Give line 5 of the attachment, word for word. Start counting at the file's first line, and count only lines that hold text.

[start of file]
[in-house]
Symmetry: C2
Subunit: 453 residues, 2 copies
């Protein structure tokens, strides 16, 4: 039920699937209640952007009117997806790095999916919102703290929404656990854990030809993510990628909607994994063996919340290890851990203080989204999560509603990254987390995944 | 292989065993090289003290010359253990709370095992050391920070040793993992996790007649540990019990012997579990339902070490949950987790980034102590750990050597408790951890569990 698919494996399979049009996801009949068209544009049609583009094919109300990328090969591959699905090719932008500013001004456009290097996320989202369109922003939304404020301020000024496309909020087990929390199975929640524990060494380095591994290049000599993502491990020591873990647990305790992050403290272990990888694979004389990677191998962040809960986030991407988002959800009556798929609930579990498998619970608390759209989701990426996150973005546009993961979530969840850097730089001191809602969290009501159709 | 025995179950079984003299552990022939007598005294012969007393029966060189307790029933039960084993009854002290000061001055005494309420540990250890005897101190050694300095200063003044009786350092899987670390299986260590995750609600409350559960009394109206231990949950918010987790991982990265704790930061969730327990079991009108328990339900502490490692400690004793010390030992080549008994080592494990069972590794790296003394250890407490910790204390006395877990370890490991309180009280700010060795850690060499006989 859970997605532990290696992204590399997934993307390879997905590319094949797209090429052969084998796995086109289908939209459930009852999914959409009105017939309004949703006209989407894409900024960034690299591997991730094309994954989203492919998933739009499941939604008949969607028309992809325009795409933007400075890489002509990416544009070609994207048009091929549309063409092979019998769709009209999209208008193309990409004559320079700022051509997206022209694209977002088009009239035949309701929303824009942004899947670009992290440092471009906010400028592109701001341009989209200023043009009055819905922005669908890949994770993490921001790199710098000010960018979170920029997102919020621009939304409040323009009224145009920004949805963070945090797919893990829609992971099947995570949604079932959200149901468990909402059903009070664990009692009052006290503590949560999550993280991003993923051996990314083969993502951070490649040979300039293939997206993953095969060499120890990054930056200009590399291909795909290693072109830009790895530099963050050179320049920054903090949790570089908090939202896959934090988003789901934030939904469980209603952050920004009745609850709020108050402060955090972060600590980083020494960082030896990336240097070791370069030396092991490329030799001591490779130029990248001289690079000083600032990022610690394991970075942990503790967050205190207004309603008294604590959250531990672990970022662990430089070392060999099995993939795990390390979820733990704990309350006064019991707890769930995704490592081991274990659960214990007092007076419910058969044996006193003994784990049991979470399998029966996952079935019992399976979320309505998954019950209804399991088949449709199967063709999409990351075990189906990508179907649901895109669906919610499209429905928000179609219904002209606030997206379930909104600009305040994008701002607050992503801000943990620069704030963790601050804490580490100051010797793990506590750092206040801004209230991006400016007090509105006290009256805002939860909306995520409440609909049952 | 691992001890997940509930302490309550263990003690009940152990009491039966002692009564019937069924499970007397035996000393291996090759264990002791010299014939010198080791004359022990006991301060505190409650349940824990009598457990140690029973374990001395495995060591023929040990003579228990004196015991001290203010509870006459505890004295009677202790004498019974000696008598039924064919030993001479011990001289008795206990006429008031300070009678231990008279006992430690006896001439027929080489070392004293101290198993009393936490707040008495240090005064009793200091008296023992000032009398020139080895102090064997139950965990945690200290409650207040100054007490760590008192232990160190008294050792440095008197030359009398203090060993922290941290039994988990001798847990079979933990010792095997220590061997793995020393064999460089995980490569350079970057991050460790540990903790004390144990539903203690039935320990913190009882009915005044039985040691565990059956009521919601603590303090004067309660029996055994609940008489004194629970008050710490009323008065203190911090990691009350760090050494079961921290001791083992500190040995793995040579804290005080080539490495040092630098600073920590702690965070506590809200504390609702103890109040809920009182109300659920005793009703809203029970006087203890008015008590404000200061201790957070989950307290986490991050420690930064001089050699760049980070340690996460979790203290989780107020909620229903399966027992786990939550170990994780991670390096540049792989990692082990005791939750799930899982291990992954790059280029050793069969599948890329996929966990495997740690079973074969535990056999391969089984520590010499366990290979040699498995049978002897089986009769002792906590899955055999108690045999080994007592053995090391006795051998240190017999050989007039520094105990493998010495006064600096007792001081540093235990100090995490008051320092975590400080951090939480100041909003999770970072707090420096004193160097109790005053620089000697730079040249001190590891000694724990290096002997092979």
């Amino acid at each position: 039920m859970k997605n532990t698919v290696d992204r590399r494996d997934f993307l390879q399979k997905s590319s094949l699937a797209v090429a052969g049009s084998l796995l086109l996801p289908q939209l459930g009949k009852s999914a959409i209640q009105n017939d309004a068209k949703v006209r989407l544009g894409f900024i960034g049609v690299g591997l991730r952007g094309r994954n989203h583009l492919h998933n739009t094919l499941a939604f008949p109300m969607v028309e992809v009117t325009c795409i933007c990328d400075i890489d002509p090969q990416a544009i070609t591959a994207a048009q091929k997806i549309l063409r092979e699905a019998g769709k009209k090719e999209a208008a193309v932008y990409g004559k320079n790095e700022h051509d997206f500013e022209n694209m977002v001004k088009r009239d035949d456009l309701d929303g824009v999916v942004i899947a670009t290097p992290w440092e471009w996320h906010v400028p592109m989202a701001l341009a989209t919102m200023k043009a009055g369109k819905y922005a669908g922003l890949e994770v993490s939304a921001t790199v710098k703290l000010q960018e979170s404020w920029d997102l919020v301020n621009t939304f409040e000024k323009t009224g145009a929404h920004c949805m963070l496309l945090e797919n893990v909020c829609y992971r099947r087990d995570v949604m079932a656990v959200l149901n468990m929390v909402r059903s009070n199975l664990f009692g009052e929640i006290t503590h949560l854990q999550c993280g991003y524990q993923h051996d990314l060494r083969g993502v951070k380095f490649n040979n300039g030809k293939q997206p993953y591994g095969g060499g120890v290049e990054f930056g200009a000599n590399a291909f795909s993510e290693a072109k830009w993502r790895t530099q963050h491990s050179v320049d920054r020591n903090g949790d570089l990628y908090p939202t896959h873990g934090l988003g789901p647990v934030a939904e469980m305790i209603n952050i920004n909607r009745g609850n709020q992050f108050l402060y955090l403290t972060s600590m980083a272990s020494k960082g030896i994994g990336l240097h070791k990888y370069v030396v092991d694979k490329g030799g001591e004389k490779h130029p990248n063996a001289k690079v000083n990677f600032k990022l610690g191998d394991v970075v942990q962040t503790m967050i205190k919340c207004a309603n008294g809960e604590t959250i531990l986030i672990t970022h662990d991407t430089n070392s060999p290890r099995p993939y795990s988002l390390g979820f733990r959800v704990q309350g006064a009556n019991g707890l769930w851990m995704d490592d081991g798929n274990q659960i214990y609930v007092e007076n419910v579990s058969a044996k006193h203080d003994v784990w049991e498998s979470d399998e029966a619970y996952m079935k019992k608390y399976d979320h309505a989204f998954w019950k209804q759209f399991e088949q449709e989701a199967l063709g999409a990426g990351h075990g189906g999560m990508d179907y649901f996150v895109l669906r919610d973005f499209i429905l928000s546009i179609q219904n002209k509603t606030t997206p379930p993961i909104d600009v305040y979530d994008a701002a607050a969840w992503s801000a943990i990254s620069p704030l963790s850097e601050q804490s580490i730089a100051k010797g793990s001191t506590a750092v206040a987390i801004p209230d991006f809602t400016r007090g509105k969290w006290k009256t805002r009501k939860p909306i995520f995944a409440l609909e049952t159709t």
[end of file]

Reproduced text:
């Amino acid at each position: 039920m859970k997605n532990t698919v290696d992204r590399r494996d997934f993307l390879q399979k997905s590319s094949l699937a797209v090429a052969g049009s084998l796995l086109l996801p289908q939209l459930g009949k009852s999914a959409i209640q009105n017939d309004a068209k949703v006209r989407l544009g894409f900024i960034g049609v690299g591997l991730r952007g094309r994954n989203h583009l492919h998933n739009t094919l499941a939604f008949p109300m969607v028309e992809v009117t325009c795409i933007c990328d400075i890489d002509p090969q990416a544009i070609t591959a994207a048009q091929k997806i549309l063409r092979e699905a019998g769709k009209k090719e999209a208008a193309v932008y990409g004559k320079n790095e700022h051509d997206f500013e022209n694209m977002v001004k088009r009239d035949d456009l309701d929303g824009v999916v942004i899947a670009t290097p992290w440092e471009w996320h906010v400028p592109m989202a701001l341009a989209t919102m200023k043009a009055g369109k819905y922005a669908g922003l890949e994770v993490s939304a921001t790199v710098k703290l000010q960018e979170s404020w920029d997102l919020v301020n621009t939304f409040e000024k323009t009224g145009a929404h920004c949805m963070l496309l945090e797919n893990v909020c829609y992971r099947r087990d995570v949604m079932a656990v959200l149901n468990m929390v909402r059903s009070n199975l664990f009692g009052e929640i006290t503590h949560l854990q999550c993280g991003y524990q993923h051996d990314l060494r083969g993502v951070k380095f490649n040979n300039g030809k293939q997206p993953y591994g095969g060499g120890v290049e990054f930056g200009a000599n590399a291909f795909s993510e290693a072109k830009w993502r790895t530099q963050h491990s050179v320049d920054r020591n903090g949790d570089l990628y908090p939202t896959h873990g934090l988003g789901p647990v934030a939904e469980m305790i209603n952050i920004n909607r009745g609850n709020q992050f108050l402060y955090l403290t972060s600590m980083a272990s020494k960082g030896i994994g990336l240097h070791k990888y370069v030396v092991d694979k490329g030799g001591e004389k490779h130029p990248n063996a001289k690079v000083n990677f600032k990022l610690g191998d394991v970075v942990q962040t503790m967050i205190k919340c207004a309603n008294g809960e604590t959250i531990l986030i672990t970022h662990d991407t430089n070392s060999p290890r099995p993939y795990s988002l390390g979820f733990r959800v704990q309350g006064a009556n019991g707890l769930w851990m995704d490592d081991g798929n274990q659960i214990y609930v007092e007076n419910v579990s058969a044996k006193h203080d003994v784990w049991e498998s979470d399998e029966a619970y996952m079935k019992k608390y399976d979320h309505a989204f998954w019950k209804q759209f399991e088949q449709e989701a199967l063709g999409a990426g990351h075990g189906g999560m990508d179907y649901f996150v895109l669906r919610d973005f499209i429905l928000s546009i179609q219904n002209k509603t606030t997206p379930p993961i909104d600009v305040y979530d994008a701002a607050a969840w992503s801000a943990i990254s620069p704030l963790s850097e601050q804490s580490i730089a100051k010797g793990s001191t506590a750092v206040a987390i801004p209230d991006f809602t400016r007090g509105k969290w006290k009256t805002r009501k939860p909306i995520f995944a409440l609909e049952t159709t």